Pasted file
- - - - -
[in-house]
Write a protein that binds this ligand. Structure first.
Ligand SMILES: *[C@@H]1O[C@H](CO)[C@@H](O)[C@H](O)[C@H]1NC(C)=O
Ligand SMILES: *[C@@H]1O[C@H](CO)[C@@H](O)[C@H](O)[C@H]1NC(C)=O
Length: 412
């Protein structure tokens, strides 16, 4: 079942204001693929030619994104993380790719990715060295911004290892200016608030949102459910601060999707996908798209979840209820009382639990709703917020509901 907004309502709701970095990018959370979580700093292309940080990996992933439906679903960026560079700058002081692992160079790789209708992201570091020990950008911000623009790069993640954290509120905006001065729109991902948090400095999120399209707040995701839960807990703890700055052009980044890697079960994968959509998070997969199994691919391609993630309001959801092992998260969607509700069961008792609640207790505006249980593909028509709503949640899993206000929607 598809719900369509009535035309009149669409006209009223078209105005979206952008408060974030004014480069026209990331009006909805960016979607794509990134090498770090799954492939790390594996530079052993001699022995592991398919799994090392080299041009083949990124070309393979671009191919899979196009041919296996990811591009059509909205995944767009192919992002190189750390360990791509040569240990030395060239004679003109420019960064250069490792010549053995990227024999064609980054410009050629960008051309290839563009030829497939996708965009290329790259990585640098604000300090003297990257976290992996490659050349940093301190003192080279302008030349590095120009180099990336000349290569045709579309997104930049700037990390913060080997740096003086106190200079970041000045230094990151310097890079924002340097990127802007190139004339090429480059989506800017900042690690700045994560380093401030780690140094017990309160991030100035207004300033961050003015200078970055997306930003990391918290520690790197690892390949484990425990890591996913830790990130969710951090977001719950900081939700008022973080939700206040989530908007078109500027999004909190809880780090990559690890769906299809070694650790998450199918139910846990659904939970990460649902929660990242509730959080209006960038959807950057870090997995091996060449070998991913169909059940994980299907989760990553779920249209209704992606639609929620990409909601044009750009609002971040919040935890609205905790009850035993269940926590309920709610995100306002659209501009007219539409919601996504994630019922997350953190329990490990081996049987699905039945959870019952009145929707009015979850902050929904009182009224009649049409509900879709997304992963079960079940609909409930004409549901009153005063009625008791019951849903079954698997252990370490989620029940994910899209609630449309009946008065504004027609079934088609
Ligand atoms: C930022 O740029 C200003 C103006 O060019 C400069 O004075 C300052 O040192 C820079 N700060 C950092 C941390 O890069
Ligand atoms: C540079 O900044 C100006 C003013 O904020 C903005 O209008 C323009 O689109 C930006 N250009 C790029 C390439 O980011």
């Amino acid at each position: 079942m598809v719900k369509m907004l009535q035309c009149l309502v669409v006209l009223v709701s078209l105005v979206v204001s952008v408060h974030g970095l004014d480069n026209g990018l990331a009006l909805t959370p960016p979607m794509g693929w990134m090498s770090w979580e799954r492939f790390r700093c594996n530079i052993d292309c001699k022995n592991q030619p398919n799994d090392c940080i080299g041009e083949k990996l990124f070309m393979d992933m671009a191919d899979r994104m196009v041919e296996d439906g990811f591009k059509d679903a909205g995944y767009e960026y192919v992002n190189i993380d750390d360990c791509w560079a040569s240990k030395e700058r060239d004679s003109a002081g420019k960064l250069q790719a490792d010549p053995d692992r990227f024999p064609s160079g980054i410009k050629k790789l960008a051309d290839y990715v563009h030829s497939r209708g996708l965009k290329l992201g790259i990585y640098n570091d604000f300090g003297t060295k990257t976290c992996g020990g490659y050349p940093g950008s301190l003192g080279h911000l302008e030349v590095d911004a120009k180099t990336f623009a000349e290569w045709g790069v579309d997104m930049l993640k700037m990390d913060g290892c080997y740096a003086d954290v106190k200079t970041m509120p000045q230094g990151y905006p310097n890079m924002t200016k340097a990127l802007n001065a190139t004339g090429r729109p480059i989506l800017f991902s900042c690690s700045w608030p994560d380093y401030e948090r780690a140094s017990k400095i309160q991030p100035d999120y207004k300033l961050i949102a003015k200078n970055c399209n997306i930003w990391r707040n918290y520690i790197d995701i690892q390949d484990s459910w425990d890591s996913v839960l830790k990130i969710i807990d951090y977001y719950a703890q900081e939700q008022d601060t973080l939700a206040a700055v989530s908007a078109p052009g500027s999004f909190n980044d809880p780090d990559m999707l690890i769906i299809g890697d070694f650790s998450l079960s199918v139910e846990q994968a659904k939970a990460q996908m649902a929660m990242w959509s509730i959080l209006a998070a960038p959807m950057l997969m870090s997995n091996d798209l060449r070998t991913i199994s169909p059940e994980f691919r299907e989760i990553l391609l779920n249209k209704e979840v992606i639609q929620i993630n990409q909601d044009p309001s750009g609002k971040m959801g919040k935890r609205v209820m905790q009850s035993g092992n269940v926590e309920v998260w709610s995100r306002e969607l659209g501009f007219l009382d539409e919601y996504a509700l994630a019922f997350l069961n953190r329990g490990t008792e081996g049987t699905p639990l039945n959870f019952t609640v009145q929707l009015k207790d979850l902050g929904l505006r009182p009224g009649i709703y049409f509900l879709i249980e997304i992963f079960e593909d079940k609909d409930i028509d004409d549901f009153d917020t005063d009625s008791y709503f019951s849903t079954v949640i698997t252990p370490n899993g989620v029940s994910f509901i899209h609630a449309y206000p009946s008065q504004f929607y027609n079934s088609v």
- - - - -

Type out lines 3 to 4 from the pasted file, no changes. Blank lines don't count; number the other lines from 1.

Ligand SMILES: *[C@@H]1O[C@H](CO)[C@@H](O)[C@H](O)[C@H]1NC(C)=O
Ligand SMILES: *[C@@H]1O[C@H](CO)[C@@H](O)[C@H](O)[C@H]1NC(C)=O